Do not splash hot glop on you! It sticks and will burn clean to the bone! No wait, that's napalm, but the glop looks almost as dangerous.

Add sugar to taste - appx. 1/3 to 1/2 volume of Yuzu glop will work fine.

Puree again with stick-blender.

Clean off the stick blender, re-cover with saran wrap and nuke again for 15-20 minutes.

Spoon into jars, nuke the jars (minus metal lids) with glop for 2-3 minutes, remove; screw on the lids; turn the jars over so that the white-hot glop sears the inside of the lid and any germoids there adhering.

Let cool, enjoy the un-jarred remains on toast.

Take that Marks & Spencer's

Yup, I can see why it was a tradition to have one in every yard. the compote/ marmalade/ glop is yummy. Very sweet and sour, sweet and tart, citrus-sy.


Bonus round: A trick from Korea is to mix a spoonful of sweet jam with hot water, as a soothing drink. Add a shot of white rum. Now I can kick back - wait! I have to clean up the mess in the kitchen!

Thursday, February 5, 2015

Planning ahead: a data plan on your phone for the trip

I am getting ready for this year's visit in March and I want to ensure that this time I have a data plan for my smartphone, so that I can use Google maps, upload pictures and perhaps, perhaps, perhaps even run a rudimentary translation program.

This is a bit harder than it sounds. I could avail myself of any number of expensive options, or try my luck with the NTT East 14 day free tourist wi-fi hotspots, but there are tons of only-in-Japan restrictions that get in the way.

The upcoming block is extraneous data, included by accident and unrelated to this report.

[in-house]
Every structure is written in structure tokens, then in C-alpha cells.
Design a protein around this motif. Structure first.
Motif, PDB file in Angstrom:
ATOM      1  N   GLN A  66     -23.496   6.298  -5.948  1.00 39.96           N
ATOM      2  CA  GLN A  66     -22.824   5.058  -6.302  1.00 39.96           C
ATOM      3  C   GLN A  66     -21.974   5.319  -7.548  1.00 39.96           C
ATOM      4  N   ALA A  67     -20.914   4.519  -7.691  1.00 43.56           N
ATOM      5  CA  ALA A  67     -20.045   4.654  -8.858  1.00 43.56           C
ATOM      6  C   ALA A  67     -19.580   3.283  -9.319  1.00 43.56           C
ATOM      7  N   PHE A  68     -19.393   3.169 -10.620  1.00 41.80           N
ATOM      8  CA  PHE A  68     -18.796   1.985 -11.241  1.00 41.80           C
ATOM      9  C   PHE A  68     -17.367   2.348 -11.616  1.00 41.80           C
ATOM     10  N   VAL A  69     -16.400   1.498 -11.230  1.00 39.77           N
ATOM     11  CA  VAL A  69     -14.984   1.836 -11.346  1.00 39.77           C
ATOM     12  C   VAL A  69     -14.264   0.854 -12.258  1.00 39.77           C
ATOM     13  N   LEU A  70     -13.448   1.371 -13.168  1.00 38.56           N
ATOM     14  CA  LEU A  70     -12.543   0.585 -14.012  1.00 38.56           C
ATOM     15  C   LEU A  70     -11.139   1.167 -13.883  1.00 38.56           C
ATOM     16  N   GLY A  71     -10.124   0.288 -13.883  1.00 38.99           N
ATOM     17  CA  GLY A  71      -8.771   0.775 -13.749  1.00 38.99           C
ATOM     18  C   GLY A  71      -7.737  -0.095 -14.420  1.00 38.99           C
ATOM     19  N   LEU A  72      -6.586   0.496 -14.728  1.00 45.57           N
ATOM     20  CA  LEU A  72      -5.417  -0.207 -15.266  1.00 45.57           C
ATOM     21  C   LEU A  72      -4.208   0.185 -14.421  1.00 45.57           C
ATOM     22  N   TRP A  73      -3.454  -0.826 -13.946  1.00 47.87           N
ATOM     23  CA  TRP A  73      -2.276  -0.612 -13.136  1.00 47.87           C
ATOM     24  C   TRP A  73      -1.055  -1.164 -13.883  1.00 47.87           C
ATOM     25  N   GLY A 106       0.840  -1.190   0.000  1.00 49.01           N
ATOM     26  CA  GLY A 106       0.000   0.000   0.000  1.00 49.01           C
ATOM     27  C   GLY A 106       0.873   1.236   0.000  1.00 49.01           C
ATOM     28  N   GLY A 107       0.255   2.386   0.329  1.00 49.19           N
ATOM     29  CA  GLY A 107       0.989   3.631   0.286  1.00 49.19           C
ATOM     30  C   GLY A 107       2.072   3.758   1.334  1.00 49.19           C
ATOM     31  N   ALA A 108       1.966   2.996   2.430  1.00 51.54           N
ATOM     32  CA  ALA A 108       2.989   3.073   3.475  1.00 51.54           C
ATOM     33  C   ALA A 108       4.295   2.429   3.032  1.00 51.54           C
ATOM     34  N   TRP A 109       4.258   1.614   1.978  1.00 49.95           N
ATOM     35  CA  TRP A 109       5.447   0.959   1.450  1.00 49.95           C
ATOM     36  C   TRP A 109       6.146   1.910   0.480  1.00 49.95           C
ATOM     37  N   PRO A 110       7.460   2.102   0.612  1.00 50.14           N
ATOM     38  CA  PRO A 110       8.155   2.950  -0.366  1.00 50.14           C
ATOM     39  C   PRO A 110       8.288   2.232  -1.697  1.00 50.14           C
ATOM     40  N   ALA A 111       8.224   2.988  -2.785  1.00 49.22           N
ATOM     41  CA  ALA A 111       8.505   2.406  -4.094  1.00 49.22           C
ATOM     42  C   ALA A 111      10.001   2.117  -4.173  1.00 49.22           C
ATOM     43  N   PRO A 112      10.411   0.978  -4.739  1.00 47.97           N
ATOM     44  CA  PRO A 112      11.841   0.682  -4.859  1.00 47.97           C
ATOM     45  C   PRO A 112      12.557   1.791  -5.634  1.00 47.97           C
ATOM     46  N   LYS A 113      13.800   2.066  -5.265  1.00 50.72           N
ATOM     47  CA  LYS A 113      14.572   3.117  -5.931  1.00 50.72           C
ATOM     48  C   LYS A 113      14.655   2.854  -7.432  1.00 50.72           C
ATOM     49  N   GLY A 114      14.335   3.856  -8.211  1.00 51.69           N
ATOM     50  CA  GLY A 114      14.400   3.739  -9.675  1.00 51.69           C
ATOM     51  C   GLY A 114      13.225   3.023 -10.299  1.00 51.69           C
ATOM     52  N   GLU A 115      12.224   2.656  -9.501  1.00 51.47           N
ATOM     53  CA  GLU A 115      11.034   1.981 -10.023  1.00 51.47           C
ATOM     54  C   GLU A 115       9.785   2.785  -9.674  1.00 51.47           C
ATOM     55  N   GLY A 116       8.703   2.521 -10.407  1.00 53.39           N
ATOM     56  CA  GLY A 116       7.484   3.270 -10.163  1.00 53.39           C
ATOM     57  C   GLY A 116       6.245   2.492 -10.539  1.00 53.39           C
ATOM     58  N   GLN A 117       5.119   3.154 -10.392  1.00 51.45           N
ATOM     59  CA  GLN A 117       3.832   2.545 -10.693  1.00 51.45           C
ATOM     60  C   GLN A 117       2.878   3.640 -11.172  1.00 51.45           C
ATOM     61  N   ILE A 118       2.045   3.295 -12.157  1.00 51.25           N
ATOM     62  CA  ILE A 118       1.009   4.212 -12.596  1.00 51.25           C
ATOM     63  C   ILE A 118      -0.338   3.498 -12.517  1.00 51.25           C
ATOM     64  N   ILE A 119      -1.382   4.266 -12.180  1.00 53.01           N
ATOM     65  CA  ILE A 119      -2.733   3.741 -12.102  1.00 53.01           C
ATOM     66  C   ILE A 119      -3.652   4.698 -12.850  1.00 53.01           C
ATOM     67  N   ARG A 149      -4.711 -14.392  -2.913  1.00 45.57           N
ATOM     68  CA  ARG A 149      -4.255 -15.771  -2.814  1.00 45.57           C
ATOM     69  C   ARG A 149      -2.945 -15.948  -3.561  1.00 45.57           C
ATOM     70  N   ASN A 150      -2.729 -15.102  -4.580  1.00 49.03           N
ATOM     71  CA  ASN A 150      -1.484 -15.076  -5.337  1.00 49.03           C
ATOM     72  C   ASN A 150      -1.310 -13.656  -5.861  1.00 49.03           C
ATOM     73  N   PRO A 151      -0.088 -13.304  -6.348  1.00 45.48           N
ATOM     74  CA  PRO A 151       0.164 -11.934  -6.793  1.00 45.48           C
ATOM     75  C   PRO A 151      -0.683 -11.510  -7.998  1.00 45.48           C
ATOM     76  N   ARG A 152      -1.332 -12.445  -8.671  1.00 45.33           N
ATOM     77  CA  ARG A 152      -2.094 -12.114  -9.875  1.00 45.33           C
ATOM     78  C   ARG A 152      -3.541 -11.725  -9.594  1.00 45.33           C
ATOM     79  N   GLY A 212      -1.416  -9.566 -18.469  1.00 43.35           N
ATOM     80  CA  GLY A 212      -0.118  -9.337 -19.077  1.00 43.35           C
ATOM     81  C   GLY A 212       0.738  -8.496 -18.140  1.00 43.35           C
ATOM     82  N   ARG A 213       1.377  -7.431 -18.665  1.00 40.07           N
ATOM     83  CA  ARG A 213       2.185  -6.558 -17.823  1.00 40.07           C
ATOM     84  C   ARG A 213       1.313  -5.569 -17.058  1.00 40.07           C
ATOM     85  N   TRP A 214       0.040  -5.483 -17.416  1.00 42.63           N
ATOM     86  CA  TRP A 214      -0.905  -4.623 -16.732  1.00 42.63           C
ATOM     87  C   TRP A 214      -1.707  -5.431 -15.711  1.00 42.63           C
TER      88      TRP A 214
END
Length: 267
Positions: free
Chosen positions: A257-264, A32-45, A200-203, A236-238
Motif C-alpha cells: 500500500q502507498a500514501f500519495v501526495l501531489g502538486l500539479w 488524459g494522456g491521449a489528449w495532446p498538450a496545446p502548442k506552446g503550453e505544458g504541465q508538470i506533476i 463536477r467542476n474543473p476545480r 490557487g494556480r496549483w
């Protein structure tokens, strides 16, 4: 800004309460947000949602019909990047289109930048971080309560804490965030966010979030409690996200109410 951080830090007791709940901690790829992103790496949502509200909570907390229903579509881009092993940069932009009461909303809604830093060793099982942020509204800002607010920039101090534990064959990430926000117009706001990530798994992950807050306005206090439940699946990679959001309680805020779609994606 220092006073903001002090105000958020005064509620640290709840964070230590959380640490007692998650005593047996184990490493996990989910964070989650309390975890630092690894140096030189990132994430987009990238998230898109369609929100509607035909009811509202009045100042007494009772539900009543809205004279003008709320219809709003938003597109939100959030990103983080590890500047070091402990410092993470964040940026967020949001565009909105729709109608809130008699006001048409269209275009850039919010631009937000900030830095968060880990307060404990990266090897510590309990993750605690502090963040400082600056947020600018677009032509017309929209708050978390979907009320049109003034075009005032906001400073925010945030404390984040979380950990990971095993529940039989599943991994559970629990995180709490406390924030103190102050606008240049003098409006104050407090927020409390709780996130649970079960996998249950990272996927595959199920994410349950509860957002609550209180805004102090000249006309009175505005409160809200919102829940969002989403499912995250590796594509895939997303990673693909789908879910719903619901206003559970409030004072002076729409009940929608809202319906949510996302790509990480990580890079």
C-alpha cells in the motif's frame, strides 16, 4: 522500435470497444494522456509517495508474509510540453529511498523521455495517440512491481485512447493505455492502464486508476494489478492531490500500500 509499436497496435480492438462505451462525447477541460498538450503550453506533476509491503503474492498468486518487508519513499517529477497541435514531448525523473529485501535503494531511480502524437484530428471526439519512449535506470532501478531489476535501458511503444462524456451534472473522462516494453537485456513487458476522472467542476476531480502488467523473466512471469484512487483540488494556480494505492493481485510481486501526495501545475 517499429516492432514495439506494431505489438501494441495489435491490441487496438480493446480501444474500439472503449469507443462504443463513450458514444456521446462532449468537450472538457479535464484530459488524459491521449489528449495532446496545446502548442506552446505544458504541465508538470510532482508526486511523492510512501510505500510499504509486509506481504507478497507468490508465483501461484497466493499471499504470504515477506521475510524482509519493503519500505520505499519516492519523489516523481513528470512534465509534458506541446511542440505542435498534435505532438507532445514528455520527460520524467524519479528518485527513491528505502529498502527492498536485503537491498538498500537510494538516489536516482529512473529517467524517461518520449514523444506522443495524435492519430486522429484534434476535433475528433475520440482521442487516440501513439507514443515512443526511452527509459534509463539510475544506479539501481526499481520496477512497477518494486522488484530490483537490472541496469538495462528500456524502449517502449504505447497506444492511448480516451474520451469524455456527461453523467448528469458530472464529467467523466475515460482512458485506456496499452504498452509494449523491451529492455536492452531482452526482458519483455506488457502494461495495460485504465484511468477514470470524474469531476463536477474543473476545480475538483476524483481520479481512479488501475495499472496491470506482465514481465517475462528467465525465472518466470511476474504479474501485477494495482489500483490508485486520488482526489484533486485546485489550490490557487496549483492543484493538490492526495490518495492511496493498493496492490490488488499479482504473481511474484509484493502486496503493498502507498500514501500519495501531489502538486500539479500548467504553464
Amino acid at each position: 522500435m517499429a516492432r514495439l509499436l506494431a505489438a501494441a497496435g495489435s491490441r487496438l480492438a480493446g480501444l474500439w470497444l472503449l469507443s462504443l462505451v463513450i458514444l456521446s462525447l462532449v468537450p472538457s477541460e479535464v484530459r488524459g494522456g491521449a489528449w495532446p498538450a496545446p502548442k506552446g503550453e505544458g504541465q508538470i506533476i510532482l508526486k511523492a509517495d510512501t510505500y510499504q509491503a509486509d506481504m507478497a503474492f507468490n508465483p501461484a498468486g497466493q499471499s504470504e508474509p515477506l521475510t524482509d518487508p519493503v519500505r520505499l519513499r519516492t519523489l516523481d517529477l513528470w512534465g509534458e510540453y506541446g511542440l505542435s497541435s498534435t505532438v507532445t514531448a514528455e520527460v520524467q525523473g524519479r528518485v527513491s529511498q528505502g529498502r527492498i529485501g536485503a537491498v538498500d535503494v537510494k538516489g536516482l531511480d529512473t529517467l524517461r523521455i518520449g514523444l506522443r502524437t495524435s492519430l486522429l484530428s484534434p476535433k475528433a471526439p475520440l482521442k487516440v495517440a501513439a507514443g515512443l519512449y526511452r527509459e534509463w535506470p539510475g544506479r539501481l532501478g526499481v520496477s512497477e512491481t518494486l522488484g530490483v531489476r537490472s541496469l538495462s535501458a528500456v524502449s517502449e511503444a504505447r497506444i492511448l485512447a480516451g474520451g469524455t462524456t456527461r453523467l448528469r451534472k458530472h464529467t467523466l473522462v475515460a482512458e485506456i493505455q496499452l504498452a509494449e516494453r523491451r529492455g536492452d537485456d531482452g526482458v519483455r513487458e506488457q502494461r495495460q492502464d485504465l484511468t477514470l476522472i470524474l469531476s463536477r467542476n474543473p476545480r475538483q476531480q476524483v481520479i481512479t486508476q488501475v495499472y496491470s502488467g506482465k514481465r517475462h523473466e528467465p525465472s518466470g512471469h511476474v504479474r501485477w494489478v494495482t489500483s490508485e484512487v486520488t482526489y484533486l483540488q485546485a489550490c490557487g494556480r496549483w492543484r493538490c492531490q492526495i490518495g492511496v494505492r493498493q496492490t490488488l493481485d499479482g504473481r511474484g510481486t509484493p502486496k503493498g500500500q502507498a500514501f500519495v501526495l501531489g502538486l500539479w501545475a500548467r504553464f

I have an older flip-phone with a number that I can revive at the airport for $35. Unless it has expired and then it will be $65, Pay as you go, phone and text. Data plans are not available for tourists, unless I wish to rent a "sim" card for $1/day plus insanely high call and data rates.

Free wi-fi? Don't get me started, In Japan it is hard to find; you have to sign-up in advance and outside of Tokyo you are going to have to hike a bit to find a business that is part of the "plan". The NTT 14 day free tourist offer gets you a few businesses. There are other $35 -$45/month plans that get you more. What a drag. Google maps ONLY when I buy a coffee.

Much research later, I think I have a solution!

A data-sim plan. Yes, in Japan you can get a data plan for your phone without the phone plan. Huhhhh? They do this.

It has something to do with security, because all cell phone numbers in Japan must be traceable back to a human, complete with ID, address, blood sample, DNA sample and biometric scan, lest the phone be used for shady business. On the other hand the main phone company on the East coast, NTT East must have built wayyyyyyyyyy too much data capacity into their network, so they make data-only plans available through numerous sub-contractors

So you make your calls on your old flip-phone and you do your maps and lookups on the smartphone or phone-tablet aka the "phablet".

Lets keep this simple and consider a smartphone.